Managing recoil and updates

Managing recoil and updates

Mayer, Scott E

Newton’s third law tells us that for every action there is an opposite and equal reaction.

That leads to the principle of conservation of momentum. How that principle applies to firearms was best stated by our Ballistics Editor, William C. Davis, Jr., as “the momentum imparted to the gun upon firing must always be equal in magnitude, and opposite in direction, to the momentum imparted to the bullet and the powder gases that are expelled from the bore.”

Because firearms comply with physical laws, we’re sentenced to recoil. From the fundamental standpoint, recoil is divided into three categories: recoil impulse, free-recoil velocity and free-recoil energy. Recoil impulse relies on the performance of the ammunition regardless of the gun. Free-recoil velocity has to do with whether the sensation of recoil is a sharp slap or a robust shove. Free-recoil energy is the amount of “kick” expressed in ft.-lbs.

From the shooter’s standpoint, recoil can be divided into two categories: actual and perceived. Actual recoil can be measured while perceived recoil is felt. Both can be changed to increase or reduce recoil. We recently built a recoil pendulum at NRA for evaluating recoil reduction methods and testing such claims as “short magnums feel like they kick less than full-length magnums.” Look for future reports on such things as the measured effectiveness of various muzzle brakes and if the short magnums really do kick less.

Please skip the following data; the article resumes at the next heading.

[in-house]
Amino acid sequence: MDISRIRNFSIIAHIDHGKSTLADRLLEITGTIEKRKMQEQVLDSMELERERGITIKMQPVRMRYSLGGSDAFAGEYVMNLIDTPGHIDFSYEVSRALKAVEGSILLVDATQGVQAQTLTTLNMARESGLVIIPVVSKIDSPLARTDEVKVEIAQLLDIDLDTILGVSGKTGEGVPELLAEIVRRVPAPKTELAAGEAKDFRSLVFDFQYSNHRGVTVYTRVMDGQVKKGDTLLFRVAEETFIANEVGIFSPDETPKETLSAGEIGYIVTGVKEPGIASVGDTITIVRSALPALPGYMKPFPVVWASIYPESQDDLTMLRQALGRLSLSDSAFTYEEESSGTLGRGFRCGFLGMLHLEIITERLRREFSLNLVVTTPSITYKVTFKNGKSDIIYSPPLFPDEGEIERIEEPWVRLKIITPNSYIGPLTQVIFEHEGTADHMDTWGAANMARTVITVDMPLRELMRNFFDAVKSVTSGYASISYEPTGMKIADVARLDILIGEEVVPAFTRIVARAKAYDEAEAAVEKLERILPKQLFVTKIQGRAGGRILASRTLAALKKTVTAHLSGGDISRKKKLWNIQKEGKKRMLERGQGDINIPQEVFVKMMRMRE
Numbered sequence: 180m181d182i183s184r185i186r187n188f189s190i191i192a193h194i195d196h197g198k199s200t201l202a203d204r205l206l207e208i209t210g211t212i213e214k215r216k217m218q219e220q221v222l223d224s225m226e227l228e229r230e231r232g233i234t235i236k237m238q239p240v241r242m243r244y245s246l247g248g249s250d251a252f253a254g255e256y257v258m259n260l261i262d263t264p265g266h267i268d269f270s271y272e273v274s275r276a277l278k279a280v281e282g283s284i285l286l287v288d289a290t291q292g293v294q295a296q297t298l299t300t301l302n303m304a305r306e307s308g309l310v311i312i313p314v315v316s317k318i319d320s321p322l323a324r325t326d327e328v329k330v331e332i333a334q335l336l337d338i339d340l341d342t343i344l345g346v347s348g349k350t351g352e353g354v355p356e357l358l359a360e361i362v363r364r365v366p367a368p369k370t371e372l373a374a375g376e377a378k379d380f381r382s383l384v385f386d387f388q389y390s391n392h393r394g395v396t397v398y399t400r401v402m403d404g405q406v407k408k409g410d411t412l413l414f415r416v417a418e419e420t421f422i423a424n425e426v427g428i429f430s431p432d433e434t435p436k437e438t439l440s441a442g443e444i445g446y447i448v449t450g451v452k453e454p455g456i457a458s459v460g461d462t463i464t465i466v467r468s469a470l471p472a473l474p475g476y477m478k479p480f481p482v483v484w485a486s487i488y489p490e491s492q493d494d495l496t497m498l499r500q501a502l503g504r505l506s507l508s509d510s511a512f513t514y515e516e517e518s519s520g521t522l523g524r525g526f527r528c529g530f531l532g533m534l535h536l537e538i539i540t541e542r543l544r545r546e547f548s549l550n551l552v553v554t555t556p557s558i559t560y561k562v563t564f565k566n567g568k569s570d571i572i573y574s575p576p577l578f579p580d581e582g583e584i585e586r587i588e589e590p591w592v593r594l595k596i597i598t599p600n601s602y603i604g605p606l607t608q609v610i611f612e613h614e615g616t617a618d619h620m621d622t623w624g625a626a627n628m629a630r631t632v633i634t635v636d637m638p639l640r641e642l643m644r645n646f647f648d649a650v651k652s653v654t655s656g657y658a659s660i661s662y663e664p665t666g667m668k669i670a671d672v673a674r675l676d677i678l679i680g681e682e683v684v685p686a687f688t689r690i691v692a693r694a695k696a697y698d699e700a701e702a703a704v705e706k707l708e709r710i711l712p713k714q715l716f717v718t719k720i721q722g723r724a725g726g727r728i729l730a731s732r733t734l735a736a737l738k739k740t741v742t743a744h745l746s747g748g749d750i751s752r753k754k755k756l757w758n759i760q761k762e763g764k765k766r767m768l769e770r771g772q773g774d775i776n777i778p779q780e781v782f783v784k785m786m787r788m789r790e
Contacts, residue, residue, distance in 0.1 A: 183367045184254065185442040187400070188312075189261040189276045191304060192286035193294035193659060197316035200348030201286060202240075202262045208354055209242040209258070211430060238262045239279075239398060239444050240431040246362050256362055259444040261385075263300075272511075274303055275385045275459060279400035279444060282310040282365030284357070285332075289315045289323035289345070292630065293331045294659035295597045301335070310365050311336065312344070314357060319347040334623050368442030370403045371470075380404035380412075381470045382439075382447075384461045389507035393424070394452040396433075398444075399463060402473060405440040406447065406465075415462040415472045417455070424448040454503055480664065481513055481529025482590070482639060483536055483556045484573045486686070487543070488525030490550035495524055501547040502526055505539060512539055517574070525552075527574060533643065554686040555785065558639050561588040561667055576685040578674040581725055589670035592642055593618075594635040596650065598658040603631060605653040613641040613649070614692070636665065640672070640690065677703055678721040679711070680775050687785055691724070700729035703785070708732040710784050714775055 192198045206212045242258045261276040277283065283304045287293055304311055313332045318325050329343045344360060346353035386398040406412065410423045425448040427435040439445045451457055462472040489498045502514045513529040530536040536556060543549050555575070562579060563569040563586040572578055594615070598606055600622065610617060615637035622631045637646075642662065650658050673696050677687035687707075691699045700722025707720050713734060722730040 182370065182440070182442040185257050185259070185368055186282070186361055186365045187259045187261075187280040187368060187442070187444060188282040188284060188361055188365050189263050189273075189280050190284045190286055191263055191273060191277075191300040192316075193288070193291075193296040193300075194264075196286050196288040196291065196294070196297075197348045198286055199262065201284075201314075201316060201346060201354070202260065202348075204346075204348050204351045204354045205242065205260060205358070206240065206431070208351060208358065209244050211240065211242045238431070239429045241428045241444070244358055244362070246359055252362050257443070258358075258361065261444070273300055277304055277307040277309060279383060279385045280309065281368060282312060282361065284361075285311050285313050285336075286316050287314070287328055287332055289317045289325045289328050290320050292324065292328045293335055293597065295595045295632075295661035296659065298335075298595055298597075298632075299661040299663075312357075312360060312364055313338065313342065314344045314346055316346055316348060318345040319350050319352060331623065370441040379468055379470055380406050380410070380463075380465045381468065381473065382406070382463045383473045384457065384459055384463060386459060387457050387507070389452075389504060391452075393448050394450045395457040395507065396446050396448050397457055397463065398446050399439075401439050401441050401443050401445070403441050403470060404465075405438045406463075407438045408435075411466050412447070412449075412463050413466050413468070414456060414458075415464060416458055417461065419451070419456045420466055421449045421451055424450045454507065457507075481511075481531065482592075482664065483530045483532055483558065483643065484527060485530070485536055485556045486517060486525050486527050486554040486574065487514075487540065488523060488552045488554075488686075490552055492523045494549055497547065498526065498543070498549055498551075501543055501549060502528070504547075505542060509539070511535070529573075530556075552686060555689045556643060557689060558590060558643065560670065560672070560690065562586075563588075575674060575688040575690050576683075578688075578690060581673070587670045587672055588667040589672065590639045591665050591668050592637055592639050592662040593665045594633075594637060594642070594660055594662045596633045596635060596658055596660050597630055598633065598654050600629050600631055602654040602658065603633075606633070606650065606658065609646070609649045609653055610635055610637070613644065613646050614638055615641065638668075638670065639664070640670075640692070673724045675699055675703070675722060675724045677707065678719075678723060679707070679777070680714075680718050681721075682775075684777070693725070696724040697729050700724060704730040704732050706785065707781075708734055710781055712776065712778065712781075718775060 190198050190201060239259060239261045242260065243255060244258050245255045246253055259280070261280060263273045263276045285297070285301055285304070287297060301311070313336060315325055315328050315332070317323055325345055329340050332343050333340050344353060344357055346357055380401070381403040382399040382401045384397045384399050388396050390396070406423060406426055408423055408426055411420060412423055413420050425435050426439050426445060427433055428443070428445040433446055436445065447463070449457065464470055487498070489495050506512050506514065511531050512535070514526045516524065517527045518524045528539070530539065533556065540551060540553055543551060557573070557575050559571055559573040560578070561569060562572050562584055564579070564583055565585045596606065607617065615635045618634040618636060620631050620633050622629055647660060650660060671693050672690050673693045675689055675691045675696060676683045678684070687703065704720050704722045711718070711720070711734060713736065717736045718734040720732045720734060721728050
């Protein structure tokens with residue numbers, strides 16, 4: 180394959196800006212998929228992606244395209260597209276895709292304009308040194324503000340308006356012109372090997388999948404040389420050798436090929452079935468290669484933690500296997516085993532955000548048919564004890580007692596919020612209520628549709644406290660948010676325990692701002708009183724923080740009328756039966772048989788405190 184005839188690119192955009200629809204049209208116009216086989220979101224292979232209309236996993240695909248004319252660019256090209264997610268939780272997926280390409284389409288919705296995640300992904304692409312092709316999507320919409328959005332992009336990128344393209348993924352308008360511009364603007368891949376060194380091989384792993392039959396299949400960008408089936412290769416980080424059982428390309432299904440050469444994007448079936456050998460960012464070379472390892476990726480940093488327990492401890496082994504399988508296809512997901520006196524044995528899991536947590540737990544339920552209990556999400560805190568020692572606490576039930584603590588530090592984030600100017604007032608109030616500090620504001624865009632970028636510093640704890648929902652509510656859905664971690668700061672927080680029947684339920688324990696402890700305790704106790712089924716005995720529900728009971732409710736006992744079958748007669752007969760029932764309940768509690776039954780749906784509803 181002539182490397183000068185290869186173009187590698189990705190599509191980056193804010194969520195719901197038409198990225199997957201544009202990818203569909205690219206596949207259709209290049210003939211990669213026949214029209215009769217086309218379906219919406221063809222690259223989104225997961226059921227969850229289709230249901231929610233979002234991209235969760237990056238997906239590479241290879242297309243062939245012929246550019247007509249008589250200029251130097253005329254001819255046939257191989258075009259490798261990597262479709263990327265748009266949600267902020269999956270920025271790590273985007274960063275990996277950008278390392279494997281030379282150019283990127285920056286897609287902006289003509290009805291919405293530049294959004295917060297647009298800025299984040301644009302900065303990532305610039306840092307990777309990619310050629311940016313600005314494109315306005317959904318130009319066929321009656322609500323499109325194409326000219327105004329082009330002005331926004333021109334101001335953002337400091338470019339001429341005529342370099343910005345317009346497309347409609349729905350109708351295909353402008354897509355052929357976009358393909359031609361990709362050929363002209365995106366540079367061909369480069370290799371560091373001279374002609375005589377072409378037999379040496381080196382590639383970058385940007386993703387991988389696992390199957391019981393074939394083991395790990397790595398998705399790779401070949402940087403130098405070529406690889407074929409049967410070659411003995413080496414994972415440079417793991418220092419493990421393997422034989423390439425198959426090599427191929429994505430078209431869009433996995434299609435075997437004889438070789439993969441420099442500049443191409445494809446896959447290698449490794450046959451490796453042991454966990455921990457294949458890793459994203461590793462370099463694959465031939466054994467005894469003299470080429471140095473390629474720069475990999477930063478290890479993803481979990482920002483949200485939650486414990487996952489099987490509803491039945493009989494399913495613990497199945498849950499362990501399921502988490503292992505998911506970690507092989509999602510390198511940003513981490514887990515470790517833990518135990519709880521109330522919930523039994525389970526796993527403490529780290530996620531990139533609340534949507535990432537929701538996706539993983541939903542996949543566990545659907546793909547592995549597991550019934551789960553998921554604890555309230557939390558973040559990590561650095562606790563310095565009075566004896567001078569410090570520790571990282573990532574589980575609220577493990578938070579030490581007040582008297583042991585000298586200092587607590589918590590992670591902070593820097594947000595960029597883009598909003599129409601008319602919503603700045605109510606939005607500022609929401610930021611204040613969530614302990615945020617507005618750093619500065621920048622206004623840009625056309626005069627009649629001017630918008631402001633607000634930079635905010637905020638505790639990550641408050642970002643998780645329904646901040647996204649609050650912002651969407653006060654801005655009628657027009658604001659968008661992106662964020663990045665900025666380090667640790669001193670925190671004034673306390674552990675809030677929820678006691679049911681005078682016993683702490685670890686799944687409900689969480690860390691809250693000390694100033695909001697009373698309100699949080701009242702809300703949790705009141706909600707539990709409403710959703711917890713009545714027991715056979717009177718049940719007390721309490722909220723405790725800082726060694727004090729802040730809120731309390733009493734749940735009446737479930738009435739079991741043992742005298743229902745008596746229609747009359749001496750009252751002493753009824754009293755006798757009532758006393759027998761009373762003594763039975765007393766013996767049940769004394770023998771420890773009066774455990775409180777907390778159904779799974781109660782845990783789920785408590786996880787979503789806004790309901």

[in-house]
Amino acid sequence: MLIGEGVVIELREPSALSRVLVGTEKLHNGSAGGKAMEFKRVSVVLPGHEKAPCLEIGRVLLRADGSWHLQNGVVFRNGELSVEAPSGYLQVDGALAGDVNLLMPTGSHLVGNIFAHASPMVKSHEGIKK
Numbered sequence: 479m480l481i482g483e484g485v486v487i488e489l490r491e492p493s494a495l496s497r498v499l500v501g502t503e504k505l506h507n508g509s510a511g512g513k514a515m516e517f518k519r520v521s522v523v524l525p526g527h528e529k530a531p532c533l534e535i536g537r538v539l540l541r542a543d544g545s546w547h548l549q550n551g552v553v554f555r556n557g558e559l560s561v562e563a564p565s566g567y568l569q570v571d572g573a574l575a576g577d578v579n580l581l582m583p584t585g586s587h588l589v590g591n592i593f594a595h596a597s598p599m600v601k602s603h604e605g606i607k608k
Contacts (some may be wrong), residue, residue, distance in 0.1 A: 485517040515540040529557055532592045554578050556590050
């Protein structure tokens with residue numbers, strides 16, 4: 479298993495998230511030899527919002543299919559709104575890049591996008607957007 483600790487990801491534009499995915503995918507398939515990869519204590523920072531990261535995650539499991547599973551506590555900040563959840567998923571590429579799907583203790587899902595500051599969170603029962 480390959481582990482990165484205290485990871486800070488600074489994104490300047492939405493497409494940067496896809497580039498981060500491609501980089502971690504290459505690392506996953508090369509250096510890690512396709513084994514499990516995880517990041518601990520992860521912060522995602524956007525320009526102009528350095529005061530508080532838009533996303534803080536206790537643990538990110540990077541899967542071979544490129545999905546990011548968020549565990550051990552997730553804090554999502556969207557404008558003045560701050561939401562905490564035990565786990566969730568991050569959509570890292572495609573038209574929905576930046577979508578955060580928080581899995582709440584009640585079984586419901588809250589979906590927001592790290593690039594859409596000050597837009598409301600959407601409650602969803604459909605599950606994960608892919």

Forum Updates: Greenhill’s Formula in the Jan. 2003 “Shooters Forum” generated several responses including ones from members in Paoli, Pa., and Walker, Minn., who had both come up with a formula that didn’t require converting from calibers to inches. Calibers are used very often in ballistic formulas because they allow greater flexibility in using the data. But for the purpose of finding only a particular rate of twist for a particular bullet, the simpler formula is T-150 (d^sup 2^)/1 where d is the bullet diameter in inches and 1 is the bullet length in inches. The example in the Jan. article computed the optimum rate of twist for Sierra’s. 30-cal., 200-gr. MatchKing bullet. Using the simpler formula, the twist is calculated as:

T= 150(0308^sup 2^)/1.405 s

T=150(.094864)/1.405

T=14.2296/1.405

T=10.1

(The same as Greenhill’s Formula.)

Regarding bullet stability, another member in Mt. Vernon, Ohio, wanted to know what would happen to light, short bullets if they’re overstabilized by too fast a rifling twist, I have never personally experienced a problem when firing overstabilized bullets. That said, however, others have reported problems such as over-stabilized bullets at very high velocity flying apart in mid-air as the centrifugal force exceeds the strength of the bullet.

Another member from Florida read the Sept. 2002 “Forum”on rifle accuracy and argued that the increase in accuracy from 2.78″ to 2.35″ was 39 percent, not the 16 percent that I reported. In this instance, the smaller 2.35″ group is 84 percent the size of the larger 2.78” group, which is where I get the reported 16percent improvement.

Scott E. Mayer, Shooting Editor

Copyright National Rifle Association of America Jun 2003

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